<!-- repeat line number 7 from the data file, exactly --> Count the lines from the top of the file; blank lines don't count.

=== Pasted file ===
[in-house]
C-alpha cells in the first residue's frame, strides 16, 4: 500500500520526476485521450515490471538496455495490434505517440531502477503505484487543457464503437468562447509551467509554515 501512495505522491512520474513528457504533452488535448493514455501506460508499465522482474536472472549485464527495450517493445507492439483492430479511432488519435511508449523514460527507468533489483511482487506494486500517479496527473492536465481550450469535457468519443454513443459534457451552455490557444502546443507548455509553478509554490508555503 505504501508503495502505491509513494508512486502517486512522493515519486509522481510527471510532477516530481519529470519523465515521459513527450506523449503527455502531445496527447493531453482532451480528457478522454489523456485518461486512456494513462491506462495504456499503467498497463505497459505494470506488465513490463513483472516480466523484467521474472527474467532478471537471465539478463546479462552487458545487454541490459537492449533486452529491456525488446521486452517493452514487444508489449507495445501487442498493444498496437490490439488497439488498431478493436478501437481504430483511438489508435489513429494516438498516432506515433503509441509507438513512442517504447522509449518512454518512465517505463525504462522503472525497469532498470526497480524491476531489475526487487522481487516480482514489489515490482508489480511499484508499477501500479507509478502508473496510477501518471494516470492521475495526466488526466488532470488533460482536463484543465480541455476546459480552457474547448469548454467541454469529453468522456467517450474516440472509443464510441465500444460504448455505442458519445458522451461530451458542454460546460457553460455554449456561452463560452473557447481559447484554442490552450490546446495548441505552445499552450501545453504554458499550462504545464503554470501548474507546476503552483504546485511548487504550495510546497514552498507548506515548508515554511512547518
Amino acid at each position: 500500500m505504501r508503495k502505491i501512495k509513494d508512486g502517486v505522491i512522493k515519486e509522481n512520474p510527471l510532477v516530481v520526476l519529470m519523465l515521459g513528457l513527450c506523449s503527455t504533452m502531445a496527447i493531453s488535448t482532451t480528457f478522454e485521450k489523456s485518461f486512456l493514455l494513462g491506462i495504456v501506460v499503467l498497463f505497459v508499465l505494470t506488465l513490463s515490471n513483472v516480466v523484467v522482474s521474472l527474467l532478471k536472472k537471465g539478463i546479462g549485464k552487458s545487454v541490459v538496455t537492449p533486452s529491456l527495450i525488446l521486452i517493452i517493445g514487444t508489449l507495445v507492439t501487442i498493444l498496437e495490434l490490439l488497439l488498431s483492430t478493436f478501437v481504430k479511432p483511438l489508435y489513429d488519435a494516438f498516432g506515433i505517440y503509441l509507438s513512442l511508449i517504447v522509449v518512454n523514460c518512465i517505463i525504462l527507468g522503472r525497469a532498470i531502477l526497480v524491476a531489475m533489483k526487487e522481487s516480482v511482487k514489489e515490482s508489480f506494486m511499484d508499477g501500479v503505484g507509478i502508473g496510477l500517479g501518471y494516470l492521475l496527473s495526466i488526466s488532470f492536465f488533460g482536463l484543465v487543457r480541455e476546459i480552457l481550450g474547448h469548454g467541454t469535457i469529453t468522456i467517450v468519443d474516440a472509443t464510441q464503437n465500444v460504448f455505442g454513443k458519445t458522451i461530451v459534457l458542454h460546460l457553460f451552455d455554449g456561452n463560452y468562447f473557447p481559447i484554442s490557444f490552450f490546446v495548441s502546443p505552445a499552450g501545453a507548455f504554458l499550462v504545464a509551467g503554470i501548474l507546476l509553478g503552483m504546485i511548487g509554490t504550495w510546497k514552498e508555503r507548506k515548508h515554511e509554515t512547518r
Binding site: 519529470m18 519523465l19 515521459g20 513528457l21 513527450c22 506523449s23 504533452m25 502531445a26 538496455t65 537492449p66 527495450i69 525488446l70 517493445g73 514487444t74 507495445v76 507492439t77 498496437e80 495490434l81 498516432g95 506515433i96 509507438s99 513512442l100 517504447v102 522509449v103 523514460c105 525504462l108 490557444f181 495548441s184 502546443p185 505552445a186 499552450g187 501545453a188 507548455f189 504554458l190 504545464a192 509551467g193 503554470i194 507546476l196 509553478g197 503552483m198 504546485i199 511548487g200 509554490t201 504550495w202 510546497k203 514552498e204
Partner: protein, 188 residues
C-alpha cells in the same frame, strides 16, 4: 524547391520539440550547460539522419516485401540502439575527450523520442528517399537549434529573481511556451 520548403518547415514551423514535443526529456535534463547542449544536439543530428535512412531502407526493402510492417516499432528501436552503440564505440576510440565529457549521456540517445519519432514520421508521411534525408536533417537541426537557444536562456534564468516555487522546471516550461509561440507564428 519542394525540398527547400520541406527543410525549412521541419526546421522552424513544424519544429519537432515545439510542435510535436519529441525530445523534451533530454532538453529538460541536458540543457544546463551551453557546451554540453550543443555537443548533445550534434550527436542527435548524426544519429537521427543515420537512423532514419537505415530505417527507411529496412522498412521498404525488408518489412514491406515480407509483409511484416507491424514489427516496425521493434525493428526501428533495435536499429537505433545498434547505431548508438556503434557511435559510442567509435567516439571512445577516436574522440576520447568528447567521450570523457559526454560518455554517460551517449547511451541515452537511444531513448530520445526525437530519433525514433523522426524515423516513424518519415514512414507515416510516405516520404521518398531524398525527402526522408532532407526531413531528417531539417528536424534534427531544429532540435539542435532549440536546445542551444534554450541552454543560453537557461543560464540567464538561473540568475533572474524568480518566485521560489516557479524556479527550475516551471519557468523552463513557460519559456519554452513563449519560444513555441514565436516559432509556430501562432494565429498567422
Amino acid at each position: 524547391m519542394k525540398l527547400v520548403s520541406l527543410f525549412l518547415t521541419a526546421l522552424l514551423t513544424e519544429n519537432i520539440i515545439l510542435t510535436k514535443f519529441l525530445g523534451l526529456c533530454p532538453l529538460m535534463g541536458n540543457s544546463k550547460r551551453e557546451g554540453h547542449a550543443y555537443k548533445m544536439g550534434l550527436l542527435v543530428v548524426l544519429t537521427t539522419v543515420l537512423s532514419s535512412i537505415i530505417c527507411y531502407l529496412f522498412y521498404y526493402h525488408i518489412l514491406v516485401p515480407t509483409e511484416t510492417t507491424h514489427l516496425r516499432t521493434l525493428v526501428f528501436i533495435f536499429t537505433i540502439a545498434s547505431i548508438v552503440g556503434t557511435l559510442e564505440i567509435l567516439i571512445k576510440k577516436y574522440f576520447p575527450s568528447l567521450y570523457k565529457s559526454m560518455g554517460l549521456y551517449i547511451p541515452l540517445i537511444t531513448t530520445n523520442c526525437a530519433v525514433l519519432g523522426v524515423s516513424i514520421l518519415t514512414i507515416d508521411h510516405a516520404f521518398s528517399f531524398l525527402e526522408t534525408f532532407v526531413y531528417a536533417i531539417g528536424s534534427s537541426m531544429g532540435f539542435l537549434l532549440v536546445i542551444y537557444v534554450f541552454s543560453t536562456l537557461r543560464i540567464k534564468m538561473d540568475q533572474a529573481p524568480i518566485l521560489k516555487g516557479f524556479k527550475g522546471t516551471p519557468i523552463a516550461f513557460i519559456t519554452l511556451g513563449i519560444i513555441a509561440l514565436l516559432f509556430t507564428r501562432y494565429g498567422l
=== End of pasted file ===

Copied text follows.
Amino acid at each position: 524547391m519542394k525540398l527547400v520548403s520541406l527543410f525549412l518547415t521541419a526546421l522552424l514551423t513544424e519544429n519537432i520539440i515545439l510542435t510535436k514535443f519529441l525530445g523534451l526529456c533530454p532538453l529538460m535534463g541536458n540543457s544546463k550547460r551551453e557546451g554540453h547542449a550543443y555537443k548533445m544536439g550534434l550527436l542527435v543530428v548524426l544519429t537521427t539522419v543515420l537512423s532514419s535512412i537505415i530505417c527507411y531502407l529496412f522498412y521498404y526493402h525488408i518489412l514491406v516485401p515480407t509483409e511484416t510492417t507491424h514489427l516496425r516499432t521493434l525493428v526501428f528501436i533495435f536499429t537505433i540502439a545498434s547505431i548508438v552503440g556503434t557511435l559510442e564505440i567509435l567516439i571512445k576510440k577516436y574522440f576520447p575527450s568528447l567521450y570523457k565529457s559526454m560518455g554517460l549521456y551517449i547511451p541515452l540517445i537511444t531513448t530520445n523520442c526525437a530519433v525514433l519519432g523522426v524515423s516513424i514520421l518519415t514512414i507515416d508521411h510516405a516520404f521518398s528517399f531524398l525527402e526522408t534525408f532532407v526531413y531528417a536533417i531539417g528536424s534534427s537541426m531544429g532540435f539542435l537549434l532549440v536546445i542551444y537557444v534554450f541552454s543560453t536562456l537557461r543560464i540567464k534564468m538561473d540568475q533572474a529573481p524568480i518566485l521560489k516555487g516557479f524556479k527550475g522546471t516551471p519557468i523552463a516550461f513557460i519559456t519554452l511556451g513563449i519560444i513555441a509561440l514565436l516559432f509556430t507564428r501562432y494565429g498567422l